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River News for the Week of August 25, 2000
SNAKE RIVER DAMS: The Seattle City Council this week unanimously endorsed the bypass of four dams on the Lower Snake River in eastern Washington to save endangered salmon. The City Council resolution, which passed 8-to-0, also endorsed energy conservation and renewable energy source investments to replace lost hydropower. The city council also sets policy for Seattle City Light, the largest public utility in the Northwest. Dam removal would increase Seattle's residential electricity bills by about $1 per month, studies show. Studies also show that under current conditions, the Snake River's wild spring/summer Chinook salmon will be functionally extinct by 2017. Dam removal would not begin until 2014, if the White House endorses a draft plan developed by the National Marine Fisheries Service (NMFS), the federal agency charged with protecting the salmon. Conservation groups have urged the Clinton Administration to require dam bypass in 2005 unless salmon populations rebound, and to start implementing more significant interim salmon recovery measures, including better dam operations. Federal studies show that alternatives which do not include dam removal are not likely to avoid extinction. In addition, federal studies show that delay of dam bypass significantly increases the risk of extinction, and delay will not improve the already strong science supporting dam removal. (American Rivers press release 8/22)
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MISSISSIPPI RIVERFRONTS: At the same time that Mississippi River river towns are revitalizing their riverfronts, federal navigation and flood control projects threaten the river wildlife that communities are celebrating, according to American Rivers (8/21). Towns up and down the Mississippi River are rediscovering their river heritage, tying their economic fortunes to redeveloped riverfronts and the river's natural areas. Major riverfront projects are underway or planned in many communities along the river, including Minneapolis and St. Paul, Minnesota, LaCrosse, Wisconsin, Dubuque and Clinton, Iowa, Quincy, Illinois and Hannibal, Missouri. Presidential candidate Al Gore and his running mate Joe Lieberman concluded a four day Mississippi River swing this week in Hannibal, Missouri, Mark Twain's birthplace and a showcase for community riverfront revitalization. Their trip has focused national attention on the historic river's problems and promise. The Upper Mississippi River and its natural areas support 115 species of fish, and more than 300 bird species, including the largest population of breeding bald eagles in the lower 48 states. Nearly 40 percent of all North American migratory waterfowl use the river as a flyway. But more than 200,000 acres of migratory bird habitat along the Mississippi River could be lost during the next decade, according to American Rivers. Sprawl, sedimentation, flood control projects, elevated river levels, and barge wakes are among the threats facing the wetlands, side channels, and floodplain forest that support millions of birds annually migrating along the Mississippi.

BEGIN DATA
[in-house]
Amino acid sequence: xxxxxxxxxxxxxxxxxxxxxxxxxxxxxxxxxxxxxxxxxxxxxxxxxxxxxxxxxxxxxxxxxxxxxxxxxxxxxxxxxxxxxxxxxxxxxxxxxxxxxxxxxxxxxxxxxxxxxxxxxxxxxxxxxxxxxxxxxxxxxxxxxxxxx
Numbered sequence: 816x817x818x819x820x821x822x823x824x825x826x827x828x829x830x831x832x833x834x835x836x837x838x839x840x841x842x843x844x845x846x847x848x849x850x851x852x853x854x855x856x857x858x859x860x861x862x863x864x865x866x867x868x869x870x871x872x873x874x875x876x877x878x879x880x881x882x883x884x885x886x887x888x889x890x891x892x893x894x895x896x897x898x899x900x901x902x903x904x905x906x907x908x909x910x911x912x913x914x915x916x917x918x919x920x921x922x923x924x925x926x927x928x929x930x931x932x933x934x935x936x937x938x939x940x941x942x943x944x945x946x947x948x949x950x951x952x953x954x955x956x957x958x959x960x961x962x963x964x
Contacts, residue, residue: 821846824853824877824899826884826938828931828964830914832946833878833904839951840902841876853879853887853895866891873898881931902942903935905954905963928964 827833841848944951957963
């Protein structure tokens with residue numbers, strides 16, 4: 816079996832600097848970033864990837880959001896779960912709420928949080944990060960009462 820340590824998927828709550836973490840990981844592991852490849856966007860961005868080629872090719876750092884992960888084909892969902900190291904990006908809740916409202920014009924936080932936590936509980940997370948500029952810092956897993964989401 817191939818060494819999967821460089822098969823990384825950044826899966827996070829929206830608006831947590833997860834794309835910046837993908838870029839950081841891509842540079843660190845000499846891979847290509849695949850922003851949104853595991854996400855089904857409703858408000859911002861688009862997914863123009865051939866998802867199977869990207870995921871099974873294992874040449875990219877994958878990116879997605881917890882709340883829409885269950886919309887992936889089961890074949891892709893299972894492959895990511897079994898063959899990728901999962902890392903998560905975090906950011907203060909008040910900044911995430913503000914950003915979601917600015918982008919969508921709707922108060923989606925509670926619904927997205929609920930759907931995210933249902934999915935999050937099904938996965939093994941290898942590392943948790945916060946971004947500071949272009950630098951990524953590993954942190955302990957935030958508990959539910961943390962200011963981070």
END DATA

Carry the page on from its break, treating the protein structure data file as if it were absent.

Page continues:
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RUSSIAN RIVER: Sonoma County Judge Lawrence Antolini will decide whether Sonoma County can pump more water from the Russian River in California, after hearing final arguments Friday. A coalition of environmental groups has brought a lawsuit against Sonoma County, who they say have not taken into account the impacts of their $144 million project on the Eel River, which provides most of the Russian's summer flow. As reports the Press Democrat (8/20), "Sonoma County officials said the project won't affect the Eel because all of the additional water will come from Lake Sonoma, the largest reservoir in the Russian River watershed." The county, which has the right to draw 75,000 acre-feet annually from the river, has asked to pump an additional 26,000 acre-feet of water from the Russian each year for its customers in Sonoma and Marin counties. Opponents argue the project will take water that belongs in the Eel, where native salmon and steelhead are on the federal Endangered Species List.